Heading dates & how to use them

Early heading generally means better early spring growth.

Late heading means better late spring pasture quality.


What is heading date?

Heading date describes when a grass cultivar starts showing flower or seed heads in spring.
It is also known as 'ear emergence date', as seen in the photo below.


Heading dates of Barenbrug ryegrasses

Day 0 is typically around 22 October, but this varies by 2-3 weeks from year to year. A cold early spring delays heading, whereas a warm spring can bring it on earlier.





Using ryegrass heading dates on farm

Having paddocks of different heading dates can improve spring growth and late spring quality, and make pasture management easier.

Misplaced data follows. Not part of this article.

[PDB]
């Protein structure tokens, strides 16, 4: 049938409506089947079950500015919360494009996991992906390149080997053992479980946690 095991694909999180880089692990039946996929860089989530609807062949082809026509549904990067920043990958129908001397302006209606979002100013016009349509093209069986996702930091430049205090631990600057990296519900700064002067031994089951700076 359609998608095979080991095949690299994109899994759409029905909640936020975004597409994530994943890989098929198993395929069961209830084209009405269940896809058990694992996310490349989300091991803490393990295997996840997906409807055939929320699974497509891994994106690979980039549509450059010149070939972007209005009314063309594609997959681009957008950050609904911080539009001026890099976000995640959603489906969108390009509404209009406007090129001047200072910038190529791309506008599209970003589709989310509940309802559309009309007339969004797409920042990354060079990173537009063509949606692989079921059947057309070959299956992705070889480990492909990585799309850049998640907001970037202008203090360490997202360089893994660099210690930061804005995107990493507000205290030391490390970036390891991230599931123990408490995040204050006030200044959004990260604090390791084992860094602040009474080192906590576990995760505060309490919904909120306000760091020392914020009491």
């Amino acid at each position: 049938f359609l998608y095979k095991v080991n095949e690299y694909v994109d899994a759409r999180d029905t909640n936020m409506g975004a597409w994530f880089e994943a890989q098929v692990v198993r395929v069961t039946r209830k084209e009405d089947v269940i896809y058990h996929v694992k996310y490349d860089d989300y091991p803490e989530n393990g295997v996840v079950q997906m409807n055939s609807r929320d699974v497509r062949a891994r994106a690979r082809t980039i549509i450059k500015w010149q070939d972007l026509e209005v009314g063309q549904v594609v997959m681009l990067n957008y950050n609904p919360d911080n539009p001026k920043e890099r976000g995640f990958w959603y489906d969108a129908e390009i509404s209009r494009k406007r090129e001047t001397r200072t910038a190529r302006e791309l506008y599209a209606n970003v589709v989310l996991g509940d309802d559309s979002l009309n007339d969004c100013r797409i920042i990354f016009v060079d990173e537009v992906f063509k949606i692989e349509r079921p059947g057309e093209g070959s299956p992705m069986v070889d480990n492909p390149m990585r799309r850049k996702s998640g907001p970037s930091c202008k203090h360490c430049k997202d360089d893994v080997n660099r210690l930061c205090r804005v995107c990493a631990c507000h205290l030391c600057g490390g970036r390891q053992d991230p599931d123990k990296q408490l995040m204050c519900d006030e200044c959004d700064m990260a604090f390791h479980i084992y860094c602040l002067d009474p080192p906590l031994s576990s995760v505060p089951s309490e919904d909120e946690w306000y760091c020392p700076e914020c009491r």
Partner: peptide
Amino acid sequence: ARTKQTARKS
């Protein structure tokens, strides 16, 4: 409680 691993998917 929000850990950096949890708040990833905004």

Advantage of early heading

Early heading ryegrasses (up to about +7 days) will continue to be widely used on NZ farms for their excellent late August and September growth, during what is often a critical feed pinch. However this advantage has been superseded by Trojan ryegrass, a late heading ryegrass cultivar which has excellent early spring growth.


Advantage of late heading

As ryegrass heading starts, stems begin to develop, fibre levels rise and metabolisable energy (ME) drops as illustrated below.
Late heading cultivars increase animal intake and performance in November by delaying the drop off in ME over standard heading cultivars.



Farms can benefit from sowing late heading cultivars. To help explain this we’ve drawn a model dairy farm with 14 paddocks below, in November - the most critical month for pasture management as quality falls with heading, coupled with high growth rates. Late heading ryegrasses help feed animals well, as they maintain their feed quality and are preferentially grazed.



With surplus pasture it is also the time for making silage, and this is best done on standard heading paddocks (leaving late heading ryegrass for stock). Standard heading ryegrass can still make excellent silage (ME = 11.5+), if it is cut at a herbage mass below 4000 kg DM/ha.